Tuesday, July 10, 2007


I’ve been thinking about scarcity lately, specifically in the design of new business models. All companies fundamentally seek situations where demand > supply, particularly if their supply – be it products, services, knowledge, or a combination thereof – is scarce. As demand increases, supply decreases, and scarcity galvanizes, you can charge more for your product or service. Elementary stuff.

Real estate is a cardinal example. Developers seek to create urgency (fear?) through perceived scarcity of a specific property, investment opportunity, or pricing. Scarcity can scare potential buyers. We just returned from a weekend in Tahoe where we enjoyed a tour and complementary stay at a resort. “We can’t build and sell them (the properties and fractional interests) fast enough,” our salesperson offered. My wife and I sensed sincerity in his assertion that, combined with the desirable opportunity, fostered several emotions: An urgency to get in at an opportunistic price for a perceived scarce offering. We did not buy on the spot, but our emotive strings were strung.

Scarcity in real estate also reminds me of a few-seasons-ago Sopranos episode. Tony and his cronies were dining with a young investment advisor who had recently orchestrated a profitable deal. “So, kid, tell me, what else you got,” Tony asked. “Buy land,” the advisor suggested. “God isn’t making any more of it.”

Scarcity is also analogous to deprivation. Remember the Got Milk? ad campaign? Milk is a commodity; it’s anything but scarce. And, marketing a commodity is a tooth-yanking, migraine-inducing bore. Got Milk? got it. The campaign’s advertisements personified situations where people were deprived of milk: inhaling a peanut butter sandwich, prepping a bowl of cereal, opening the fridge in a thirst-quenching quest. Deprivation of a scarce commodity germinated demand.

Here’s another example. In 1980 two Minnesotans had an idea. What if we could liquefy soap and sell it in containers with pump-top dispensers? Like bottled water – think about how, 20 years ago, non-bubbly bottled water did not exist – the idea was too simple. So simple that the entrepreneurs worried about, post-creation, big consumer packaged goods companies (e.g., P&G) entering the market. What to do? They (Minnetonka Corporation) acquired an 18-month worldwide supply of pump-top dispensers and plunged in with their first product: Soft Soap. When the big boys sensed they were on to something and tried to enter the market, they were stunted; Minnetonka had cornered an essential (and scarce) resource, buying enough time to create the market and build necessary momentum.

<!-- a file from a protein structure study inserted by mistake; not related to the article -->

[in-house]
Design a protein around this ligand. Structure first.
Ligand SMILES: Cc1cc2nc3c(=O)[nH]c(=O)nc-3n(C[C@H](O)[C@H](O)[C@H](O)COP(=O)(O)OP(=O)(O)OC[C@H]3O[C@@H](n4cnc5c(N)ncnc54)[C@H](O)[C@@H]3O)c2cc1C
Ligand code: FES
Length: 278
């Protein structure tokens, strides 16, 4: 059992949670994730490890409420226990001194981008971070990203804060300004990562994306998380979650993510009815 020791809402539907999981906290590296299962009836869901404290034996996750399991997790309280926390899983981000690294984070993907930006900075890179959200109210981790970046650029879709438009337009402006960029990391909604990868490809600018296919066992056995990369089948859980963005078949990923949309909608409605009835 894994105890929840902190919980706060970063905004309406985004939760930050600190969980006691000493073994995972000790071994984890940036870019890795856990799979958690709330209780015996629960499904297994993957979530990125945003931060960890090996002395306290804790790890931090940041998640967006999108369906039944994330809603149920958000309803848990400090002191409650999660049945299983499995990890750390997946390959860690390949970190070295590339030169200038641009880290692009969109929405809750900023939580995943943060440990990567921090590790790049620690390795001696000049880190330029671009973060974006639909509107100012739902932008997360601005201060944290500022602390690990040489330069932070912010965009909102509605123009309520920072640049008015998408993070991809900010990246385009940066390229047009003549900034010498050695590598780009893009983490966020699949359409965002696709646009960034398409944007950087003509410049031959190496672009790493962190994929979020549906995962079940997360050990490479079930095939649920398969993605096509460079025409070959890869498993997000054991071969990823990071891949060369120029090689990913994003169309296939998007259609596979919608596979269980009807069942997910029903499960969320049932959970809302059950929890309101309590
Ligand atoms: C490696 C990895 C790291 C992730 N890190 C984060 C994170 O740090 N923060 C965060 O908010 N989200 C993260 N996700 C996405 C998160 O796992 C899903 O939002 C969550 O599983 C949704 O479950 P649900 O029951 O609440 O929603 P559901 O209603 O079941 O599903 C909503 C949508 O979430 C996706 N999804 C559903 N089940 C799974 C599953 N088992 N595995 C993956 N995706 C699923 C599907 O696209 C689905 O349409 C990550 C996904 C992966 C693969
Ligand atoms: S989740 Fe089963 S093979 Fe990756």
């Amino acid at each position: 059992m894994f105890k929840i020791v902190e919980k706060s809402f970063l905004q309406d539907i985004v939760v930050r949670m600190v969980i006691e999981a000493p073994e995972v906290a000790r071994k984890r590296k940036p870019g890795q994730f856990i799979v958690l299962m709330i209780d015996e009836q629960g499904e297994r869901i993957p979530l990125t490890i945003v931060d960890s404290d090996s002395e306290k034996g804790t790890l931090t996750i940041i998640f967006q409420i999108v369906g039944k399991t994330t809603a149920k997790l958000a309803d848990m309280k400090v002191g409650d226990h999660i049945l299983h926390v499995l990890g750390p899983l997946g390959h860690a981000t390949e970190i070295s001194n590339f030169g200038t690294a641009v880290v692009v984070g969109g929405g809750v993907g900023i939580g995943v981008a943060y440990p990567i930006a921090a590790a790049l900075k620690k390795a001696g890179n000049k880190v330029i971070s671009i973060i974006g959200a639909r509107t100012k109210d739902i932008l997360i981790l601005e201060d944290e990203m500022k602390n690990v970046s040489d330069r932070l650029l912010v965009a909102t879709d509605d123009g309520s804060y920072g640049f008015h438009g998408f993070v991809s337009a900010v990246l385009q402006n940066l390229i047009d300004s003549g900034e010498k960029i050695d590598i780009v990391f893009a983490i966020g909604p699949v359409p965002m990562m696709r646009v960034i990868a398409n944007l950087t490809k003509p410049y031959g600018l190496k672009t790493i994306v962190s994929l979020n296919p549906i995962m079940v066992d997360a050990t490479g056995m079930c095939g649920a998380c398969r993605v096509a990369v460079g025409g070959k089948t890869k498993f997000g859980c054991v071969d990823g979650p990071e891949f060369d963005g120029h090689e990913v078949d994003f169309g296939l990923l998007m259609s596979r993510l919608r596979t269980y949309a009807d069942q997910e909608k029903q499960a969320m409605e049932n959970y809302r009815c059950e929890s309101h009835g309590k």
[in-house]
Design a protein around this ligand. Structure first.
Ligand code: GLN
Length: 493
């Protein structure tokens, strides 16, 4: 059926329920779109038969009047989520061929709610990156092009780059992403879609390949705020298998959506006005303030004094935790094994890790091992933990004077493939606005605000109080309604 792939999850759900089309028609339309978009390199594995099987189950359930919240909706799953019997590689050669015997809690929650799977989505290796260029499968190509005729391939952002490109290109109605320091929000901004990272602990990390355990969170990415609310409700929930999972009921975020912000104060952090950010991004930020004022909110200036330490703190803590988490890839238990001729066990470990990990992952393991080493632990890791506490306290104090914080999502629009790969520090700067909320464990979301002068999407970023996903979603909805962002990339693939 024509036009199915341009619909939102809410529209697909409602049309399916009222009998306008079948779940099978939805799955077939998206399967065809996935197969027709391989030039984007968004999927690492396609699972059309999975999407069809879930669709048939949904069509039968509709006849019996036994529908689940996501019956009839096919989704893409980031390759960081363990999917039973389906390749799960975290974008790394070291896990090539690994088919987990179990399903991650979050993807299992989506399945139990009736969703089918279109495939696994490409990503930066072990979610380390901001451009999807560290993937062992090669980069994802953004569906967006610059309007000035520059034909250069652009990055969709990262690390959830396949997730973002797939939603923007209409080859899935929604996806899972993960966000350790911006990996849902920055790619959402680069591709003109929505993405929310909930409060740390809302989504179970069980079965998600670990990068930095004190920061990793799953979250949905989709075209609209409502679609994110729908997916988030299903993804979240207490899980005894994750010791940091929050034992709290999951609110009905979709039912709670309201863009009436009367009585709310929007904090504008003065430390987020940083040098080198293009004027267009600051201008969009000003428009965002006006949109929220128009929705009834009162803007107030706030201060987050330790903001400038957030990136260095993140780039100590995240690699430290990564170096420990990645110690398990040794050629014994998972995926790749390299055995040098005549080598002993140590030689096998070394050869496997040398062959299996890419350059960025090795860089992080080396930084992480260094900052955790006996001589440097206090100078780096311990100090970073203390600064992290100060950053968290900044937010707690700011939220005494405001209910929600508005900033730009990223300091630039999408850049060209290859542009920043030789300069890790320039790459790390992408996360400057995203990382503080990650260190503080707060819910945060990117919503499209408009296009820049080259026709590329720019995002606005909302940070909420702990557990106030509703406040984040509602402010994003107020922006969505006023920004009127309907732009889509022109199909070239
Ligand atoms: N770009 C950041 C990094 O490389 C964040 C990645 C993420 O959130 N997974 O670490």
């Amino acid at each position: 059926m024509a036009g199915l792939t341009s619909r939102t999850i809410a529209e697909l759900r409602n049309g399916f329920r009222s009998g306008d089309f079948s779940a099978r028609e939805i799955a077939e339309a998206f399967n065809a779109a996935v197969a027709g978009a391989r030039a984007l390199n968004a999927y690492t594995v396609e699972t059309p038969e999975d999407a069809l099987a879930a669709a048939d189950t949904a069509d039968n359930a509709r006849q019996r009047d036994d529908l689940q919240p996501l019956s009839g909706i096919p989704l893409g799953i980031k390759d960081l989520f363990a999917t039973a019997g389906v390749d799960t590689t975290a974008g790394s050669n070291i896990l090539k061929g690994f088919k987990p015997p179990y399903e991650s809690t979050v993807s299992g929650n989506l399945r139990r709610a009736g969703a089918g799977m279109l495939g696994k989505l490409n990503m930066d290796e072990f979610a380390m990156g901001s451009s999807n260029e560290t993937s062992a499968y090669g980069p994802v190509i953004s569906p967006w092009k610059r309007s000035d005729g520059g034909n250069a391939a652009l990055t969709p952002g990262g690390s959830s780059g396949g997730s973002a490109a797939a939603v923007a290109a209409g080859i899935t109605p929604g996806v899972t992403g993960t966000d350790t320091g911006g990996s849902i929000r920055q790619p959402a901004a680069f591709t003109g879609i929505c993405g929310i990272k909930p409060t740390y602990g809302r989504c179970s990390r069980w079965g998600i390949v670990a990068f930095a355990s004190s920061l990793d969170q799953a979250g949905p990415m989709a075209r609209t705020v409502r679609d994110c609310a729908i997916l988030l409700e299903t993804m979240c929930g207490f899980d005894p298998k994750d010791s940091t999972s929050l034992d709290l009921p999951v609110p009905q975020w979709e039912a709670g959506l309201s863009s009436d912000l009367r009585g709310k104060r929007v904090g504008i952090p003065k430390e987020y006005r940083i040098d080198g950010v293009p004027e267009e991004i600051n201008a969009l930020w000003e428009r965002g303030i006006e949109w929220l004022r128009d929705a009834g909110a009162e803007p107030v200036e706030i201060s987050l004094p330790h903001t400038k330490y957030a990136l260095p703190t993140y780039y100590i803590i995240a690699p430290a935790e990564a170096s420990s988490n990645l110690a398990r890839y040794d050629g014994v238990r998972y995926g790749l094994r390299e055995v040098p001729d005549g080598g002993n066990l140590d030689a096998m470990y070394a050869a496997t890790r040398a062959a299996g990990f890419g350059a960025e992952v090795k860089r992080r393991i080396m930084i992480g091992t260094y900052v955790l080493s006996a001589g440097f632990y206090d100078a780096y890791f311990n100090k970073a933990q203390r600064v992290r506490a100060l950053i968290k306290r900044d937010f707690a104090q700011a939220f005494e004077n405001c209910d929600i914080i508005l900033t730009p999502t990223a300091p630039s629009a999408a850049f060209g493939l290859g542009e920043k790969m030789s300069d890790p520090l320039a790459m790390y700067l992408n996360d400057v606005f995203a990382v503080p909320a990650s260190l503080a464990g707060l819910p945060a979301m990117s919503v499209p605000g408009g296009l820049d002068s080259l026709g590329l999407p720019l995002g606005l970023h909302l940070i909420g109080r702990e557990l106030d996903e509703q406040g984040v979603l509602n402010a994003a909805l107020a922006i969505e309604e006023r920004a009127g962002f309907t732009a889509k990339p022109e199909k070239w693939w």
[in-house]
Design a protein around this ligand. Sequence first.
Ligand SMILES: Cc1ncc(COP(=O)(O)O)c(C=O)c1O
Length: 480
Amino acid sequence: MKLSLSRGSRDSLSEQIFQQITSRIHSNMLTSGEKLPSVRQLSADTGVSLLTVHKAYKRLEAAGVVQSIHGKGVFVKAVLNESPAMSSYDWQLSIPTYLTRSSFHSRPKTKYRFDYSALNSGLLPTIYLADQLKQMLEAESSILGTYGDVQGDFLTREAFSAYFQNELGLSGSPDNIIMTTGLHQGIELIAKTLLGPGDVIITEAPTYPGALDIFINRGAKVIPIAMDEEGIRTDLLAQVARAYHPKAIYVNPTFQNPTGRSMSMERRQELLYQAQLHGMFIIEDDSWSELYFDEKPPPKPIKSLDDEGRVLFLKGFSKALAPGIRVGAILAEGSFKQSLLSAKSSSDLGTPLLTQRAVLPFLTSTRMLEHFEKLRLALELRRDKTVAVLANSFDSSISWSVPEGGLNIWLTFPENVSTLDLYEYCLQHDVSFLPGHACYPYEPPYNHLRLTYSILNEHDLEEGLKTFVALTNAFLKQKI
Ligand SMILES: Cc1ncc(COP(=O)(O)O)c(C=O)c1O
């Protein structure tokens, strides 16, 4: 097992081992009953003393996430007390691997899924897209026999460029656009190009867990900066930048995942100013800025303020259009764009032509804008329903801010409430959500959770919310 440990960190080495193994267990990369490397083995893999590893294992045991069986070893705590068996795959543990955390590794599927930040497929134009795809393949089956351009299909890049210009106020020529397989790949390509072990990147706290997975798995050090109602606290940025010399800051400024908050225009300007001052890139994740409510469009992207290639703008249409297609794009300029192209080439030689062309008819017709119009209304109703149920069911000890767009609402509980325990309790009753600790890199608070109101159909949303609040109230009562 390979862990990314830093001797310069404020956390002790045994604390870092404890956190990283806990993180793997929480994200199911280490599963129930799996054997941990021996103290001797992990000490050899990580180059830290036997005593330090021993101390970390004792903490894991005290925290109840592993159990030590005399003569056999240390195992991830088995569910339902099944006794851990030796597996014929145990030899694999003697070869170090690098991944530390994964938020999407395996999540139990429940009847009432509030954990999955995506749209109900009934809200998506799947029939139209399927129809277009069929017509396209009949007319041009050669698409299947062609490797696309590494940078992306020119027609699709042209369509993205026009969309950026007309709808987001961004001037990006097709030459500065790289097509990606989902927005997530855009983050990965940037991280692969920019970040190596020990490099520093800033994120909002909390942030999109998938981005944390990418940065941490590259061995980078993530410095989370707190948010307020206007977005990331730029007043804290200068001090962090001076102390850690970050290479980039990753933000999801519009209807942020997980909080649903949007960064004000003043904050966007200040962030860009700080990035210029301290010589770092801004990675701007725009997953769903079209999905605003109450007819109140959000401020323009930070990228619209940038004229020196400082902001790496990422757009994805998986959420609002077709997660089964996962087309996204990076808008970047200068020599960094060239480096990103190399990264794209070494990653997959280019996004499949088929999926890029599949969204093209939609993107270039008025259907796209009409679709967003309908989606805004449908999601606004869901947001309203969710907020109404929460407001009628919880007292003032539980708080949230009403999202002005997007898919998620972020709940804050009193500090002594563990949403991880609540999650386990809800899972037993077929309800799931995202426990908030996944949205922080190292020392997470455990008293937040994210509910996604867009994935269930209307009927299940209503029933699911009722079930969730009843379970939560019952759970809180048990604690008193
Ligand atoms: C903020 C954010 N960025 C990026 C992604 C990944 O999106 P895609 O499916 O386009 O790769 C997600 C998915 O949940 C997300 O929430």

Finally, a demand > scarce supply = fortune economic pearl from Emerson, circa 1855:

I trust a good deal to common fame, as we all must. If a man has good corn, or wood, or boards, or pigs, to sell, or can make better chairs or knives, crucibles or church organs, than anybody else, you will find a broad hard-beaten road to his house, though it be in the woods. And if a man knows the law, people find it out, though he live in a pine shanty, and resort to him. And if a man can pipe or sign, so as to wrap the prisoned soul in an elysium; or can paint landscape, and convey into oils and ochres all the enchantments of Spring or Autumn; or can liberate or intoxicate all people who hear him with delicious songs and verses; ‘tis certain that the secret cannot be kept: the first witness tells it to a second, and men go by fives and tens and fifties to his door. What a signal convenience is fame.

Post-script (8/20/07): Interesting piece in today's Freakonomics blog about bottled water vis-a-vis soft drinks. Building on the above, think about a pair of entrepreneurs two decades ago with a prospect: We're going to fill plastic bottles with two parts hydrogen and one part oxygen, and we'll sell it for a buck a bottle at 7-11! Fat heads (VCs) unite: These guys are nuts.

Post-script II (8/31/07): One of my favorite marketing minds, Seth Godin, chimes in with a replay of a four-year-old take on Scarcity: The Scarcity Shortage. Synopsis:
So what's scarce now? Respect. Honesty. Good judgment. Long-term relationships that lead to trust. None of these things guarantee loyalty in the face of cut-rate competition, though. So to that list I'll add this: an insanely low-cost structure based on outsourcing everything except your company's insight into what your customers really want to buy. If the work is boring, let someone else do it, faster and cheaper than you ever could. If your products are boring, kill them before your competition does.

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